The Pittsburgh Steelers’ 2002 offense wouldn’t exactly be accurately described as an aggressive one, particularly with then-rookie Kenny Pickett at quarterback. He ranked 17th out of 36 qualifying quarterbacks, for example, in deep pass attempt percentage, attempting throws of 20-plus air yards on only 12.1 percent of his passes, according to Pro Football Focus. He also had the second-shallowest average depth of target on his deep passes. That won’t necessarily be indicative of the future.
Indeed, the second-year quarterback spoke on a number of subjects yesterday while appearing on 93.7 The Fan with Andrew Fillipponi and Chris Mueller, and at one point he talked about the possibility of being more aggressive. He believes he is getting to that point in his comfort level and wants his receivers to expect to be a potential target on every dropback.
“I think the first two days I’d say that we’re hitting different spots of the field that we want to hit”, he said. “It goes into mastering the system. I was still just learning the plays and ‘Here’s my progressions’ and ‘Here’s my read’. Now I’m at the point where it’s like, ‘If I see this coverage, I have this route, I know I’m gonna attack it, I know this is my shot to hit one deep’.
“I think I’m starting to get to that point now, here everyone’s running to win, everyone knows they have a shot to get the ball. There aren’t just routes where, ‘Hey, just clear it out’. You have a legitimate chance to get it if we get that perfect coverage. That’s the evolution of the offense and the evolution of where I’m at, mastering the system”.
A lot of that does have to do with simply being a rookie quarterback, and especially with being a rookie who spent the entirety of his offseason functioning as a second- or third-string quarterback. Pickett also spent the first month of his rookie season running the scout team as the backup to Mitch Trubisky (who was a more aggressive thrower, indicating that it was less about the offense itself).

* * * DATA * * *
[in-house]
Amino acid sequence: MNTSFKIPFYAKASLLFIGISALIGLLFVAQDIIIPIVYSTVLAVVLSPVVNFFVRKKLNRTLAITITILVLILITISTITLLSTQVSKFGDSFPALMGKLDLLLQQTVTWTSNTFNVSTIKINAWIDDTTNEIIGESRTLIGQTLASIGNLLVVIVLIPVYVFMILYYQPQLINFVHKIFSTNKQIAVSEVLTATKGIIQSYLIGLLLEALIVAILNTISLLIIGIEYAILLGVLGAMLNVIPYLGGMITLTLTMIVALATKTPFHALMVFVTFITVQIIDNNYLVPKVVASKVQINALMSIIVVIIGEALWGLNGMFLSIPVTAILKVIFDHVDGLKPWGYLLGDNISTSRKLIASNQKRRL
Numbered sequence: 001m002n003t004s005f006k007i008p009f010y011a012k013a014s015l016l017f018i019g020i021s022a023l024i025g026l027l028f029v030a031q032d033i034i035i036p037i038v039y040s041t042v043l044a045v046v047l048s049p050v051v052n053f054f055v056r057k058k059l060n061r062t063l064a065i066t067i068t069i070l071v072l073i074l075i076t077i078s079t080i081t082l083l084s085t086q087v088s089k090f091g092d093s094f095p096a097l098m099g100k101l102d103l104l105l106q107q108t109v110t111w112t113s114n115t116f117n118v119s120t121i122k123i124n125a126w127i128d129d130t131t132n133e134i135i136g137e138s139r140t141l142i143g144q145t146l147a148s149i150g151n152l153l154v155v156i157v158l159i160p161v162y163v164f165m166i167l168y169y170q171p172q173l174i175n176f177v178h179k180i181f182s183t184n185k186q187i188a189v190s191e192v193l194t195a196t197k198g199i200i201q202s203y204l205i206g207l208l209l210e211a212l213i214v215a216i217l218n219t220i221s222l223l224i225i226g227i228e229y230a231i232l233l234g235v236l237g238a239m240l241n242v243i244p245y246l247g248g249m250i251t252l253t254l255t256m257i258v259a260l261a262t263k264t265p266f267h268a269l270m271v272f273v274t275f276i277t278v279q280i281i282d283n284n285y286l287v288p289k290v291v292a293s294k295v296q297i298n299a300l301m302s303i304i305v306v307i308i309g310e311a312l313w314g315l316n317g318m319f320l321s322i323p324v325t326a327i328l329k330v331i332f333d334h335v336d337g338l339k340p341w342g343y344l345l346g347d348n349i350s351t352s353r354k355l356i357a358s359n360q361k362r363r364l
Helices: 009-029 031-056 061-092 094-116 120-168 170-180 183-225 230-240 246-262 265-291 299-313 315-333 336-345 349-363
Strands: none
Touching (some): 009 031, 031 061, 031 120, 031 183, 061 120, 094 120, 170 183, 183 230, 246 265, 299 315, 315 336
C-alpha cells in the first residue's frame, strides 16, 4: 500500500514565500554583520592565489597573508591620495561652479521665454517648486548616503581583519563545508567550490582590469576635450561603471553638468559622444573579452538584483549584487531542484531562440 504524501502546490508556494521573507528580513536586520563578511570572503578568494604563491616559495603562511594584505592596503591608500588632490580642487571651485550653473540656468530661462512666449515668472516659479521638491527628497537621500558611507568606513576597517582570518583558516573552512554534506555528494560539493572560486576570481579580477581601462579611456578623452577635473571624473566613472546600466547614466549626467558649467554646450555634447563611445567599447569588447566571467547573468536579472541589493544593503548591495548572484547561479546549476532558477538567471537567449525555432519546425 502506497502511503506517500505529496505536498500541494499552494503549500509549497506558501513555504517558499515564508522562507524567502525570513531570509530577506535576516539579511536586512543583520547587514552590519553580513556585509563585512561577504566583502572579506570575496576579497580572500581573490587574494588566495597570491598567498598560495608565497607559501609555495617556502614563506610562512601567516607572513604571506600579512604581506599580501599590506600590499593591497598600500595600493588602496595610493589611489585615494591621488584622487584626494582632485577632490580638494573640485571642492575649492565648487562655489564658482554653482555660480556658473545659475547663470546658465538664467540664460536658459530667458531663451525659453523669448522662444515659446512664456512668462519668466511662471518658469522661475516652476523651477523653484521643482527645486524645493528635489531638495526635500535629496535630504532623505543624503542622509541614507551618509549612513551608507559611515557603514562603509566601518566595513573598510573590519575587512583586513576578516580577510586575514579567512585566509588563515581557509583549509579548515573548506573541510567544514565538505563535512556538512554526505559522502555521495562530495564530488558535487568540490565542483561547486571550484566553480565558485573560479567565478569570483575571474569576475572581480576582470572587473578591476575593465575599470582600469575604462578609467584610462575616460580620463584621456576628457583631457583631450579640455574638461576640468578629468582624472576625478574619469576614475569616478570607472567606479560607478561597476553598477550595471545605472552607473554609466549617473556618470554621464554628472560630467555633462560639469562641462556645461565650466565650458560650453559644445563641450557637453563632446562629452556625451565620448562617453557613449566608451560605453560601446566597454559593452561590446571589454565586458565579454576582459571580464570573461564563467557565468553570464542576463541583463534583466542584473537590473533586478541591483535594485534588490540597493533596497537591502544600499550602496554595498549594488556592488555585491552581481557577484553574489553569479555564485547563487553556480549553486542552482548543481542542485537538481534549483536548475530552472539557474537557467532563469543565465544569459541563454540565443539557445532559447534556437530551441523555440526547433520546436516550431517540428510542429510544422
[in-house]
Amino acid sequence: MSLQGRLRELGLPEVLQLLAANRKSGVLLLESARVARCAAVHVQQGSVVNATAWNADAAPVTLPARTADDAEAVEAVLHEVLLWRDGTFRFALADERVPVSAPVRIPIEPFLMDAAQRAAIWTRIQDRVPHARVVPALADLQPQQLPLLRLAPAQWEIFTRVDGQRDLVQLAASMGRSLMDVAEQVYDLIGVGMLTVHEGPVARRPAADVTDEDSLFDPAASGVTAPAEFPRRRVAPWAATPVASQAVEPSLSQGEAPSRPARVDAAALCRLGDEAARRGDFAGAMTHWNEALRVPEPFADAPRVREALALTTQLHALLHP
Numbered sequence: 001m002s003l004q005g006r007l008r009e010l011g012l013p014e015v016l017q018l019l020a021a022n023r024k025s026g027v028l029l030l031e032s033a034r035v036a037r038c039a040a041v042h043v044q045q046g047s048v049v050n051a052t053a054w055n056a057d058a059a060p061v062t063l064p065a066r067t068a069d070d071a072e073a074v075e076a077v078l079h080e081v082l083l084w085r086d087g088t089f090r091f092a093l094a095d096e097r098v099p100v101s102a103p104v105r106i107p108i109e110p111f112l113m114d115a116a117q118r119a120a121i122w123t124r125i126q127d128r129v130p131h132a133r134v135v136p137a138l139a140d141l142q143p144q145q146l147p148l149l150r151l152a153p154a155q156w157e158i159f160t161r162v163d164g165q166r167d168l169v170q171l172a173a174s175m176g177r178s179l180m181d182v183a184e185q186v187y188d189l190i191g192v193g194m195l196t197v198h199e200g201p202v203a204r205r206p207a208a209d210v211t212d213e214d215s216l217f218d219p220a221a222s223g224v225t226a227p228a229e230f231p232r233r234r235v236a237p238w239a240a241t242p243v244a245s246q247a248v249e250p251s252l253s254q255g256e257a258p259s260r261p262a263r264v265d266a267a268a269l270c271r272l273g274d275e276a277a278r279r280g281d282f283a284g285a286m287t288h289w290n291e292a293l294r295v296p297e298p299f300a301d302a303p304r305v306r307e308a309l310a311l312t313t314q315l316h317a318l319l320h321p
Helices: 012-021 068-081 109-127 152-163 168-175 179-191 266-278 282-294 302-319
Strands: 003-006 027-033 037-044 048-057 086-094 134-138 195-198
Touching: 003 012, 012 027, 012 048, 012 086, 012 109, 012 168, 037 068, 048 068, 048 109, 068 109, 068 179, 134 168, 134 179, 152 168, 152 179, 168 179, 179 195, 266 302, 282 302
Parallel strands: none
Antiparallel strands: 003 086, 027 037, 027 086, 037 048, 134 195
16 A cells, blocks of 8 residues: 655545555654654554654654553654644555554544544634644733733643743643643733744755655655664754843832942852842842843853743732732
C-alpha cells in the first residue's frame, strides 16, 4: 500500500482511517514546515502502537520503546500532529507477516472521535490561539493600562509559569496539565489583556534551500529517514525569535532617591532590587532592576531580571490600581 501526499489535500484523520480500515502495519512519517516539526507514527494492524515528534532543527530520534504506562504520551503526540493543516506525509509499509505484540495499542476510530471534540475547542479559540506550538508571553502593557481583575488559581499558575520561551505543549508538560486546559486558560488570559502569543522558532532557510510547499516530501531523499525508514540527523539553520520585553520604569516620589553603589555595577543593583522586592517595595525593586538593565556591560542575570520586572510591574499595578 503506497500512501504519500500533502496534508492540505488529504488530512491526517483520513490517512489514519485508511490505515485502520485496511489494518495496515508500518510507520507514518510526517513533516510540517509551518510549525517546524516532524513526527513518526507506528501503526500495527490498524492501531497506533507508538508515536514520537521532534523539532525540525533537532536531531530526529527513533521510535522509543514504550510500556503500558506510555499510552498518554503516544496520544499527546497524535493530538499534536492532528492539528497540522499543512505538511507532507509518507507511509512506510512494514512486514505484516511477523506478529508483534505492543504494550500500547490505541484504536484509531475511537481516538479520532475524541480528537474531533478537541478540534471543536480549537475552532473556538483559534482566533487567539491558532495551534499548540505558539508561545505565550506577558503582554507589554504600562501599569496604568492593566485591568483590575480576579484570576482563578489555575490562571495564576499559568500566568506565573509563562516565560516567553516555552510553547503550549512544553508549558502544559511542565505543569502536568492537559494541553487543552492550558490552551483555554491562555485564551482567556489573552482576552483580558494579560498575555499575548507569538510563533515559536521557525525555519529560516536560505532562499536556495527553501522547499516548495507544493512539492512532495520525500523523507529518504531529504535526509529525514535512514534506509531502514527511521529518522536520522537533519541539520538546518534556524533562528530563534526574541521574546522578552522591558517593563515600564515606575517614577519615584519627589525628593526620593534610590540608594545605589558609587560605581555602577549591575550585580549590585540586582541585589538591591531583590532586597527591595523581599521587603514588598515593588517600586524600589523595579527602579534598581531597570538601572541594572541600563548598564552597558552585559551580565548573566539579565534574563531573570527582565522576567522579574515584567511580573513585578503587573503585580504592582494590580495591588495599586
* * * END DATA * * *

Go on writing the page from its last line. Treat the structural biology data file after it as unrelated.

Pickett did have his success when he threw down the field, throwing for 477 yards and four touchdowns, though he also threw five interceptions. Most of those came early in his playing time before he settled in and included some outlier plays that weren’t entirely his fault.
He’s never going to have the biggest or strongest arm in the league, but the deep passing component of his game is certainly an area in which he can continue to expand. It should be a more prominent part of the offense in 2023, with perhaps George Pickens being the primary beneficiary. Perhaps it’s an area in which Calvin Austin III can contribute as well.
But, of course, it’s not about just hitting on big plays, as important as they are. The most valuable function of growth in this department is simply the ability to use the entirety of the field and the advantage that comes with forcing a defense to honor every inch of grass. If you open up the deep part of the field, the intermediate areas become more inviting as well. And on and on it goes.